Uganda’s national swim team collected its highest number of medals ever at the highly-billed CANA Africa Zone IV swimming championships in Luanda, Angola, last week, beating many people’s expectations.
Zara Mbanga and Peyton Suubi led the Ugandan swim team when they both won 11 of Uganda’s 12 medals at the championship. In collecting 12 medals, Uganda’s team of only seven swimmers (the others were Darin Zaabu, Peterson Inhensiko, Natalie Sanford, Makula Kyabayinze, and Alisha Tino) became the most successful ever at this continental meet.
And yet this was the smallest number of swimmers to be sent to these championships in the last five years and, on paper, by far the weakest.
However, the team beat the odds by digging deep to put up a performance for the record books, winning five individual gold medals, two silver medals, and five bronze medals, finishing eighth out of 13 countries.
The countries that participated were South Africa, Zambia, Namibia, Mozambique, Tanzania, Eswatini, Botswana, Mauritius, Seychelles, Swaziland, Lesotho, Uganda and the hosts Angola.
With the country’s top swimmers such as Kirabo Namutebi, John Kafumbe, Tara Kisawuzi, Karimah Katemba preferring to sit out this championship, the burden to carry the team fell on the young shoulders of Zara Mbanga, 11, and Peyton Suubi, 12, who turn out for Jaguar Swim Club and are classmates at Watoto Christian International School.
Peterson Inhensiko, 14, making his third appearance at this meet, was expected to tap into his experience to push the team forward. Sanford, Makula, and Tino were making their first appearance for Uganda at these championships, and the expectation of them was to make personal best times, which they did.
Zaabu had been to this meet before although he faced tough competition from the boys in the 15-16 age group. Zara Mbanga got the team to a flying start when she won Uganda its first gold medal on the morning of day one in the 50-metre breaststroke.
Alisha Tino, a teammate at Jaguar swim club, also nearly made it to the podium but was only one second short. If this was Uganda’s idea of sending a statement of intent at these championships, Mbanga’s gold medal win was a clear message that the team meant business.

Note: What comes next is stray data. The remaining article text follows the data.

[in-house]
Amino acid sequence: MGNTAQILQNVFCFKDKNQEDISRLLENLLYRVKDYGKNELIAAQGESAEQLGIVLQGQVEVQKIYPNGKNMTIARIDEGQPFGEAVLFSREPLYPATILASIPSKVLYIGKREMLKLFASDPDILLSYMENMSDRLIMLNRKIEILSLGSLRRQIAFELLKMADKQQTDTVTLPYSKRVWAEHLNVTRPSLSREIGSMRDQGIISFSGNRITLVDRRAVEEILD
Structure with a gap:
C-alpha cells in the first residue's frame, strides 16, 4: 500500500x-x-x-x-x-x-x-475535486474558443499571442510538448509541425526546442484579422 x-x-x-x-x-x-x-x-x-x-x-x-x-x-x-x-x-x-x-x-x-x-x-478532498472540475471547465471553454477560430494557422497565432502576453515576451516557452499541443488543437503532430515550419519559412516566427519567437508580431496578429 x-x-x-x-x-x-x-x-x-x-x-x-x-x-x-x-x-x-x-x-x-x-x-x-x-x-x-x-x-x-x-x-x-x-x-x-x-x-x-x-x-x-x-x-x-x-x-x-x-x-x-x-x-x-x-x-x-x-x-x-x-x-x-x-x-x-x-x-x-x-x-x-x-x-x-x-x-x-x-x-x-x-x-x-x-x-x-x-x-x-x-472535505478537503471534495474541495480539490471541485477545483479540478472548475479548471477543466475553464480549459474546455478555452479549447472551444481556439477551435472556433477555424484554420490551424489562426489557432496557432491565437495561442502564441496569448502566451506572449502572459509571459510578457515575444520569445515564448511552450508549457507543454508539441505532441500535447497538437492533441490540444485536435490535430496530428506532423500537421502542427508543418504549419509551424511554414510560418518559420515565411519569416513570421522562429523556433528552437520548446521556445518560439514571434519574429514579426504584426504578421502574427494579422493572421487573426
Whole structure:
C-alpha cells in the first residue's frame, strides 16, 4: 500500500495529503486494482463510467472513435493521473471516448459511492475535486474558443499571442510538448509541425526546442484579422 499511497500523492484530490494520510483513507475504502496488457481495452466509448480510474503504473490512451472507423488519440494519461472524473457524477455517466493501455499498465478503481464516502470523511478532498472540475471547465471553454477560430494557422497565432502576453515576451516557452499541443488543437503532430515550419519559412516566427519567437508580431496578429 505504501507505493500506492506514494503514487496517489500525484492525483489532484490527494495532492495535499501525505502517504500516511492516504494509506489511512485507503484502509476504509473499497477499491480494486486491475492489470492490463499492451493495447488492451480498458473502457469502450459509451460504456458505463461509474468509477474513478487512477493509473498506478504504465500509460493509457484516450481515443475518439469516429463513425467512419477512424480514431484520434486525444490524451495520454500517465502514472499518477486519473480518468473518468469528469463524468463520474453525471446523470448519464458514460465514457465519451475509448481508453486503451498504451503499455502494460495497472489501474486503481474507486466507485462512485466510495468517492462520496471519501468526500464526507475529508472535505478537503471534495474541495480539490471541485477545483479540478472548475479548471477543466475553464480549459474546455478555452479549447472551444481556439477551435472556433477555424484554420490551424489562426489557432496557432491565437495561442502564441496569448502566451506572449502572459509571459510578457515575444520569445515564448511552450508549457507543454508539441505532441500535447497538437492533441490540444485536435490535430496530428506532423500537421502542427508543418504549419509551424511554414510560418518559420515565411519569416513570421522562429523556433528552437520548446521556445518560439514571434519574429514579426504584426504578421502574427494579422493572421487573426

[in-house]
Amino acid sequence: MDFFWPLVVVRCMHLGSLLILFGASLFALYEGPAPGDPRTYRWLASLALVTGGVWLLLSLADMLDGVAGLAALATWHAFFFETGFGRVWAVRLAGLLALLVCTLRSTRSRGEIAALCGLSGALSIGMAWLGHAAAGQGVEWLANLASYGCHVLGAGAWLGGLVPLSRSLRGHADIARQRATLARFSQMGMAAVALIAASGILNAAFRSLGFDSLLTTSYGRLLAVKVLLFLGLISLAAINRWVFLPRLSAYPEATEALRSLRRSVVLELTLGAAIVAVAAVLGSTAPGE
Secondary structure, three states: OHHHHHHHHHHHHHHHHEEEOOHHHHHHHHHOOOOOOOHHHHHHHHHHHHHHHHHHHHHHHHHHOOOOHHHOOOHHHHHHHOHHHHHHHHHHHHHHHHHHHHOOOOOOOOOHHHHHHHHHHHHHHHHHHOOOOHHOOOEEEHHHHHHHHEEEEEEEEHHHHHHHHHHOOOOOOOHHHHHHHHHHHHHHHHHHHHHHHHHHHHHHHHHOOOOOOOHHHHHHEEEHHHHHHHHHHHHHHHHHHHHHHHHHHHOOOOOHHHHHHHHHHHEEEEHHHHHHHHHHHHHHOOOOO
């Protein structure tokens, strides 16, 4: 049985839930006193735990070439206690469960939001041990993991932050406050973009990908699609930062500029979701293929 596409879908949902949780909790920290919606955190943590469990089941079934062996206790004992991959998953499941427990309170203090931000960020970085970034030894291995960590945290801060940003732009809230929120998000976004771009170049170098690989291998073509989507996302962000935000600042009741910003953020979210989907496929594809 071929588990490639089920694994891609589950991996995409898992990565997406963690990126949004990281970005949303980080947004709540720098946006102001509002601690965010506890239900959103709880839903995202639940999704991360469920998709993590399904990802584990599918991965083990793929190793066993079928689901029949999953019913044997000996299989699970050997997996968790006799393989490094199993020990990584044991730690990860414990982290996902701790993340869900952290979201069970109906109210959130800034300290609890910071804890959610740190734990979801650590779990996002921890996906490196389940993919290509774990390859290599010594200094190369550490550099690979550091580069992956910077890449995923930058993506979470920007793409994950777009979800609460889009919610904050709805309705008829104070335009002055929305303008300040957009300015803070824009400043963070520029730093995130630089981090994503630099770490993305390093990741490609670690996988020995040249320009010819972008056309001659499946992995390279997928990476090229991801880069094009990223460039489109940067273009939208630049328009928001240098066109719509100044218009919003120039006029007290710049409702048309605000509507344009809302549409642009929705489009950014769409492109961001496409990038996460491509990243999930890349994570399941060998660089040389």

With national team coach Olivier Nalwadda on deck, the swimmers began an aggressive hunt for medals. On the second day of the championship, Mbanga and Suubi both made it to the podium after their performance in the 200-metre breaststroke for girls aged 11-12.
In that race, Mbanga’s gold medal win in a time of 2:58.56 saw her break the meet record by more than half a second, which had been set by Mauritius’ Alicia Kok Shun in 2017.
In breaking the record, Mbanga became the only second Ugandan swimmer to hold a record at this championship, with the other being Kirabo Namutebi, who owns the 50-metre freestyle in the girls 13-14 age group.
From thereon, it rained medals in Uganda’s camp. Suubi used her high endurance levels to win a gold medal in the 200-metre butterfly in the girls’ age group of 14 and under. While Mbanga swept all her breaststroke races. Inhensiko won a bronze medal in the highly- contested 50-metre freestyle.
The performance of the team is likely to send a message to the Uganda Swimming Federation to lobby for support for the sport. Many swimmers did not make the trip because of the costly expense attached to it.
Those who made the trip could have been excused for being blown away by the jaw-dropping facilities in Angola. The Ugandan swimmers train and compete in 25-meter pools. Uganda does not have a 50-meter pool.
That seven swimmers could put up such a performance tells of the potential of the sport. But now the main task for the USF is to make it as less expensive for parents as possible if the country is to send bigger numbers at this event.
The CANA Zone IV championship offers the most competitive platform for swimmers seeking to compete at the overall Africa championships, which are due later this year.
Source: The Observer